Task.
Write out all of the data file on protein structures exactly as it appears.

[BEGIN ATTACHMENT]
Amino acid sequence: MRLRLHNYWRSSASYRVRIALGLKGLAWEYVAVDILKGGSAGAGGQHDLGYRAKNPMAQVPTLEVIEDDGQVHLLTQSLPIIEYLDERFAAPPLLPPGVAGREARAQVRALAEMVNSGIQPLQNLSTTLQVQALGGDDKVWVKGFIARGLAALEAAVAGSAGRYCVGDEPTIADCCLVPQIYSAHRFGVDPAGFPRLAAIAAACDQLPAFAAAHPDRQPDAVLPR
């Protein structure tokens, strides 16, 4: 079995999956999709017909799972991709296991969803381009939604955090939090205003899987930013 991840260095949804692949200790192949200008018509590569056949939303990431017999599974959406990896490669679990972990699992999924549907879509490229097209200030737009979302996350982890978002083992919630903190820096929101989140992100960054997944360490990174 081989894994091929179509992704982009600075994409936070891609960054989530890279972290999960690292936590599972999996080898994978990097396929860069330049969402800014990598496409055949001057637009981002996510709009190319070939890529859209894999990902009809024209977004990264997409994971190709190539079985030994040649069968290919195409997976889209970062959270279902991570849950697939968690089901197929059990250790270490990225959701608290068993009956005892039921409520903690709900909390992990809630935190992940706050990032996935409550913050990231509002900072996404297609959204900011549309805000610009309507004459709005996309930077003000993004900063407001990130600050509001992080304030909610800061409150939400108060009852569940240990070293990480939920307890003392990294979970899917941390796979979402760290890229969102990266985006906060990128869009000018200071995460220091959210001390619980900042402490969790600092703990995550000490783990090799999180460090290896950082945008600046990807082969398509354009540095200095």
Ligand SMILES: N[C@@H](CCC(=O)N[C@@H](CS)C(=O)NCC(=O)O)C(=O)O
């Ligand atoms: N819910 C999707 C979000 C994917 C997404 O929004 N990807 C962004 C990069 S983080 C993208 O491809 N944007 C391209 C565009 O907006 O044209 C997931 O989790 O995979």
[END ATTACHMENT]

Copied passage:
Amino acid sequence: MRLRLHNYWRSSASYRVRIALGLKGLAWEYVAVDILKGGSAGAGGQHDLGYRAKNPMAQVPTLEVIEDDGQVHLLTQSLPIIEYLDERFAAPPLLPPGVAGREARAQVRALAEMVNSGIQPLQNLSTTLQVQALGGDDKVWVKGFIARGLAALEAAVAGSAGRYCVGDEPTIADCCLVPQIYSAHRFGVDPAGFPRLAAIAAACDQLPAFAAAHPDRQPDAVLPR
């Protein structure tokens, strides 16, 4: 079995999956999709017909799972991709296991969803381009939604955090939090205003899987930013 991840260095949804692949200790192949200008018509590569056949939303990431017999599974959406990896490669679990972990699992999924549907879509490229097209200030737009979302996350982890978002083992919630903190820096929101989140992100960054997944360490990174 081989894994091929179509992704982009600075994409936070891609960054989530890279972290999960690292936590599972999996080898994978990097396929860069330049969402800014990598496409055949001057637009981002996510709009190319070939890529859209894999990902009809024209977004990264997409994971190709190539079985030994040649069968290919195409997976889209970062959270279902991570849950697939968690089901197929059990250790270490990225959701608290068993009956005892039921409520903690709900909390992990809630935190992940706050990032996935409550913050990231509002900072996404297609959204900011549309805000610009309507004459709005996309930077003000993004900063407001990130600050509001992080304030909610800061409150939400108060009852569940240990070293990480939920307890003392990294979970899917941390796979979402760290890229969102990266985006906060990128869009000018200071995460220091959210001390619980900042402490969790600092703990995550000490783990090799999180460090290896950082945008600046990807082969398509354009540095200095």
Ligand SMILES: N[C@@H](CCC(=O)N[C@@H](CS)C(=O)NCC(=O)O)C(=O)O
């Ligand atoms: N819910 C999707 C979000 C994917 C997404 O929004 N990807 C962004 C990069 S983080 C993208 O491809 N944007 C391209 C565009 O907006 O044209 C997931 O989790 O995979």